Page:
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Wanuri sues ‘moral cop’ for Sh8.5m over ban on her ‘lesbian’ film

A film writer whose recent piece of work was banned by the Kenya Films Classification Board over claims that its content promotes lesbianism has taken her protests to the corridors of justice.

Together with a lobby dubbed Creative Economy Working Group, Ms Wanuri Kahiu sued KFCB and its boss Ezekiel Mutua over a film called Rafiki.

They want the High Court to temporarily lift the ban since it was to be submitted to the 2019 Oscars Award as Kenya’s entry to the Best Foreign language film category.

They also want the Kenya Films Classification guidelines 2012 to be declared illegal and that they should be awarded Sh8.5 million as compensation for projected sale from theatrical distribution of Rafiki as well as loss of sponsorship.


“If this matter is not certified urgent and heard on a priority basis, it would be rendered nugatory because Ms Kahiu’s film would be left out of the competition,” said lawyers Waikwa Wanyoike and Sofia Rajab-Leteipan for the petitioners.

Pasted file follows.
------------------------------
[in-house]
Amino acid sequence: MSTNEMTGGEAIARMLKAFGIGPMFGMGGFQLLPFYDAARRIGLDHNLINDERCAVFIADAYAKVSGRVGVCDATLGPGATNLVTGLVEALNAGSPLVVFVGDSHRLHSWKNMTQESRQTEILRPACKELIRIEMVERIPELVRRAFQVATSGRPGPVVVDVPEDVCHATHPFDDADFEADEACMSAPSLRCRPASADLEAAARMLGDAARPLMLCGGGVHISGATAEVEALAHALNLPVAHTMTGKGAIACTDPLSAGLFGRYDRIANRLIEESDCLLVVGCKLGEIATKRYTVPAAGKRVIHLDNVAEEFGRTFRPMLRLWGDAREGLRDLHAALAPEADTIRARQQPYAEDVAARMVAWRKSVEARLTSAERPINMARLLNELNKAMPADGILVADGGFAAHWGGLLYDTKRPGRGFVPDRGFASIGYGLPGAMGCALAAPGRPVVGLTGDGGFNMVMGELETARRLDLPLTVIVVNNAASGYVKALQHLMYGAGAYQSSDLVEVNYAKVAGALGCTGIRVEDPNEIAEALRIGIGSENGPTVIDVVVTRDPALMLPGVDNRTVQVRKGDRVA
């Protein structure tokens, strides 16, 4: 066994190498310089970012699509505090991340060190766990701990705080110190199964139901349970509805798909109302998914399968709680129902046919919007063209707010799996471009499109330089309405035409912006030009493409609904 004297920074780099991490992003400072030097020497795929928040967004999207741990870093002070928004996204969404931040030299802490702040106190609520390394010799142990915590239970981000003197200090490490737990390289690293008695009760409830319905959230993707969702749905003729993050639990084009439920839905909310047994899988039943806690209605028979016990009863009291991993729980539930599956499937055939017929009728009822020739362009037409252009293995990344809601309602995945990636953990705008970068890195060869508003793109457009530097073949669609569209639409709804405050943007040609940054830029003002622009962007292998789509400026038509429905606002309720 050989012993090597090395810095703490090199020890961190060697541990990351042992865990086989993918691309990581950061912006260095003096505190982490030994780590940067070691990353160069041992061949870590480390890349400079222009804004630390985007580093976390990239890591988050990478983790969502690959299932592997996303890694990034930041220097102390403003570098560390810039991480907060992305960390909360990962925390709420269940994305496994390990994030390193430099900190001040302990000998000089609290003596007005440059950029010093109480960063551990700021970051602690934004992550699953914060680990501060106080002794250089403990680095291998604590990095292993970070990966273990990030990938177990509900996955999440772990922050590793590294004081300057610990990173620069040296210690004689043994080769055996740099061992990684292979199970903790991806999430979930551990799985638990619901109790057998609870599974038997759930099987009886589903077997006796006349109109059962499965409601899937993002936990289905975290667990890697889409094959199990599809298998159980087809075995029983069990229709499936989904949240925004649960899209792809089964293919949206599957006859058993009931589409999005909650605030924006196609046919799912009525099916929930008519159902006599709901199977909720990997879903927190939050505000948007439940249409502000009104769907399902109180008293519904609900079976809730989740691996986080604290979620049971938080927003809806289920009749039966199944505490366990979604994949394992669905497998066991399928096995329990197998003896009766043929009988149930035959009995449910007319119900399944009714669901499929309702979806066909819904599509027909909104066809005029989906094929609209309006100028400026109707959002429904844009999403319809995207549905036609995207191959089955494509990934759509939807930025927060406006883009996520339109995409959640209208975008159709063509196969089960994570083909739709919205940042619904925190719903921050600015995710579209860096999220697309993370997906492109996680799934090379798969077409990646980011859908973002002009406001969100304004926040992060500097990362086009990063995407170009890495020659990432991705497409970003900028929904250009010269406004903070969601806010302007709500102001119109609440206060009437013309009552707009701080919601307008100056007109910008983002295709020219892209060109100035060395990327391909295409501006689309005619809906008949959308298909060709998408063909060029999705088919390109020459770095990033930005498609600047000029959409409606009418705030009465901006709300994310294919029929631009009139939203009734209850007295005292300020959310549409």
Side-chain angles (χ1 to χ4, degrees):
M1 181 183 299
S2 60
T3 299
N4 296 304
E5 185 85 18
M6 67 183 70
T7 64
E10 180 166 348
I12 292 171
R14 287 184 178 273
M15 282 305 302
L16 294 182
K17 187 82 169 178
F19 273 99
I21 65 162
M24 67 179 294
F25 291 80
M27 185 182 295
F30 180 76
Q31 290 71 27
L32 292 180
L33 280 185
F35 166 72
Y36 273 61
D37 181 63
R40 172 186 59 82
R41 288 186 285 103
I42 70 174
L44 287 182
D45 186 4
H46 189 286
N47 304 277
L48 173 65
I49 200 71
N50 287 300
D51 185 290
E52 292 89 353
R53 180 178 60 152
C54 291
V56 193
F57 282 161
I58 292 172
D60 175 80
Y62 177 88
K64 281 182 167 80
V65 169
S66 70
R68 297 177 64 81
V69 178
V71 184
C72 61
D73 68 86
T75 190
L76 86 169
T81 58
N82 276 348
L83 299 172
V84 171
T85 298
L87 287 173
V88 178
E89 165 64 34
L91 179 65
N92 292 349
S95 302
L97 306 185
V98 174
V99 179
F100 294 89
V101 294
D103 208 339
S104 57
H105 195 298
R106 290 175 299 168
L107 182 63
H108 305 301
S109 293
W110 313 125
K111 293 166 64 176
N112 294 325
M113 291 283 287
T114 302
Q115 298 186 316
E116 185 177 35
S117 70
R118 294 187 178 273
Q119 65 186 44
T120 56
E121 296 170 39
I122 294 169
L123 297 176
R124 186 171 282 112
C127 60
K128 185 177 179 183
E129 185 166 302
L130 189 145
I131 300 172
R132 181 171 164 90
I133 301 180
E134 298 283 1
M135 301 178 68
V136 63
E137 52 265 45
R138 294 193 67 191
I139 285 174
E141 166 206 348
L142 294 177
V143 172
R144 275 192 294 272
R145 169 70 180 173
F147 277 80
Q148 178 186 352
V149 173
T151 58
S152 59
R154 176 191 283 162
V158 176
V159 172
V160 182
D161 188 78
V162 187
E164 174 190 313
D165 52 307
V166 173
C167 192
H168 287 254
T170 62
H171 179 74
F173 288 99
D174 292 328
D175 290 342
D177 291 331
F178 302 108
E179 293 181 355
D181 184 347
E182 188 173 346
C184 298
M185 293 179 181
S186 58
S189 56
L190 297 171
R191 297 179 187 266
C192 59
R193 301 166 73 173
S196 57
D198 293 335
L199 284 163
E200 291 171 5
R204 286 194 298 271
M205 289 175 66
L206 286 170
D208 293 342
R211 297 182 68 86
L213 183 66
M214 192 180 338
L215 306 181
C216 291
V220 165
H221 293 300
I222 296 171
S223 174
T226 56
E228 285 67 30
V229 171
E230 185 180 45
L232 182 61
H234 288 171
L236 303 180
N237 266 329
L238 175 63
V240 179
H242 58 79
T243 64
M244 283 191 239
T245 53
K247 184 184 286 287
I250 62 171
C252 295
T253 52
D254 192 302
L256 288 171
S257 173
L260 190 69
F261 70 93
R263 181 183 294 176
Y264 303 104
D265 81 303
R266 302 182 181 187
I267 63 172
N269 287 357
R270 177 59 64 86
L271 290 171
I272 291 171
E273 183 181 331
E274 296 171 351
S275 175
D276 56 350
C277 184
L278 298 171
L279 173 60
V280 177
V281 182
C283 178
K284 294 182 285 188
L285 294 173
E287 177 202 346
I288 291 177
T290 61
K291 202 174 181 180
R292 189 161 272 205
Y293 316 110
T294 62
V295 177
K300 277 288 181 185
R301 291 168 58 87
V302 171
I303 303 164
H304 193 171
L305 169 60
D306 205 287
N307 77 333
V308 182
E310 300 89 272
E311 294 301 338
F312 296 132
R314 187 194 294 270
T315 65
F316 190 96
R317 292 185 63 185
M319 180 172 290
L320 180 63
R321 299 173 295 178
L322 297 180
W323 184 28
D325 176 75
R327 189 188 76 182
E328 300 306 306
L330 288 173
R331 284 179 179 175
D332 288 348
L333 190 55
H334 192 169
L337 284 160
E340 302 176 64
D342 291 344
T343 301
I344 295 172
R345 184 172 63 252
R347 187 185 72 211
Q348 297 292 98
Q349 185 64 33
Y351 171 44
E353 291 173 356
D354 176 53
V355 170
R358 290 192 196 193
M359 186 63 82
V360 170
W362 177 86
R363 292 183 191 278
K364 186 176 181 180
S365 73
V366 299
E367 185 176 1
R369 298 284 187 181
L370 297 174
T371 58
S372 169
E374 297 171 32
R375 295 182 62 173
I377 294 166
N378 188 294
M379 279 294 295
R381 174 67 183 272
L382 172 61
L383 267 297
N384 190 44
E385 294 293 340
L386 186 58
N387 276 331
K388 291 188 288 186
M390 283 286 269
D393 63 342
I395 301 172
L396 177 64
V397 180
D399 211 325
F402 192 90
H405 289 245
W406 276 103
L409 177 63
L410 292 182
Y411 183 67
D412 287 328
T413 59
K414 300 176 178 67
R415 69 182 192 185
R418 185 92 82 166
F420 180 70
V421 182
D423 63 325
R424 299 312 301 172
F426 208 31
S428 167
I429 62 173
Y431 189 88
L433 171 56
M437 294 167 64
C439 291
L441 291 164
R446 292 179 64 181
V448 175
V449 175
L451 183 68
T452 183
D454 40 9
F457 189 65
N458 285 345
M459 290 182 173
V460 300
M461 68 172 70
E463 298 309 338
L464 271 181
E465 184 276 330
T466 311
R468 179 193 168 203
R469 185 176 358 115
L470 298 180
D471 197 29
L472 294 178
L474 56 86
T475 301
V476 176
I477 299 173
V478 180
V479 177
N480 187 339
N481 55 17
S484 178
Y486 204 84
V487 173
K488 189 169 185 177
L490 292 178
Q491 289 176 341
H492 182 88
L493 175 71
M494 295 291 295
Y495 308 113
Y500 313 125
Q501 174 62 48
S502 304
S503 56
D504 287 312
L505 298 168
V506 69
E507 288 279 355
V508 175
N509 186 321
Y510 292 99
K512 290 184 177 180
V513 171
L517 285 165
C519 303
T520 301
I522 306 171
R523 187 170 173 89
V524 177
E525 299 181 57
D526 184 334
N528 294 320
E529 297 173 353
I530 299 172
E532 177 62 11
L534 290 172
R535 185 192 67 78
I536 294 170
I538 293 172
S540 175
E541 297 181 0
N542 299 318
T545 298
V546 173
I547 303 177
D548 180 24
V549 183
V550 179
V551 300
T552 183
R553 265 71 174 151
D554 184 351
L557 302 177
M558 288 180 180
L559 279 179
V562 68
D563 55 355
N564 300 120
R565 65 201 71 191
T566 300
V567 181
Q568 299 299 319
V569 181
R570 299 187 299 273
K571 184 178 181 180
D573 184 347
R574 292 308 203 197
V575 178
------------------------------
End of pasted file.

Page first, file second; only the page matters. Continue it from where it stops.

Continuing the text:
Entries for the said award close by September 30 whilst the ban was imposed on April 26.

Rafiki is a love story of two teenage girls who develop a romantic relationship, which is opposed by their families and community.

In the film, directed, written and co-produced by Ms Kahiu, the girls are separated by their communities.

The film was adapted from the short story Jambula Tree by Uganda’s Monica Arac de Nyeko, which was awarded the prestigious Caine Prize for African Writing in 2007.

According to Ms Kahiu and the lobby, the ban on the film is contrary to the freedom of artistic creativity and that they are bound to suffer losses.


In their filed case documents, they claimed that they submitted the original script of the film and were granted a license by KFCB Chief Executive Officer Mutua in February last year.

They also claimed that they obtained an endorsement on the filming license upon revision of the script.

They then submitted that film for examination and rating on April 10 and sought for approval for its exhibition, distribution and broadcast in the country.

On April 16, they alleged that they were advised by Mutua to edit to remove a love song at the end and instead give a remorseful ending to the film as it allegedly legitimizes lesbianism in Kenya contrary to the law.

“Allowing KFCB’s decision to abide at this stage would render the question of constitutionality of the restriction academic thus defeating the administration of justice,” the lawyers said.

They want some sections of the Films and Stage Plays Act which violate the freedom of expression of artistic creativity to be declared unconstitutional.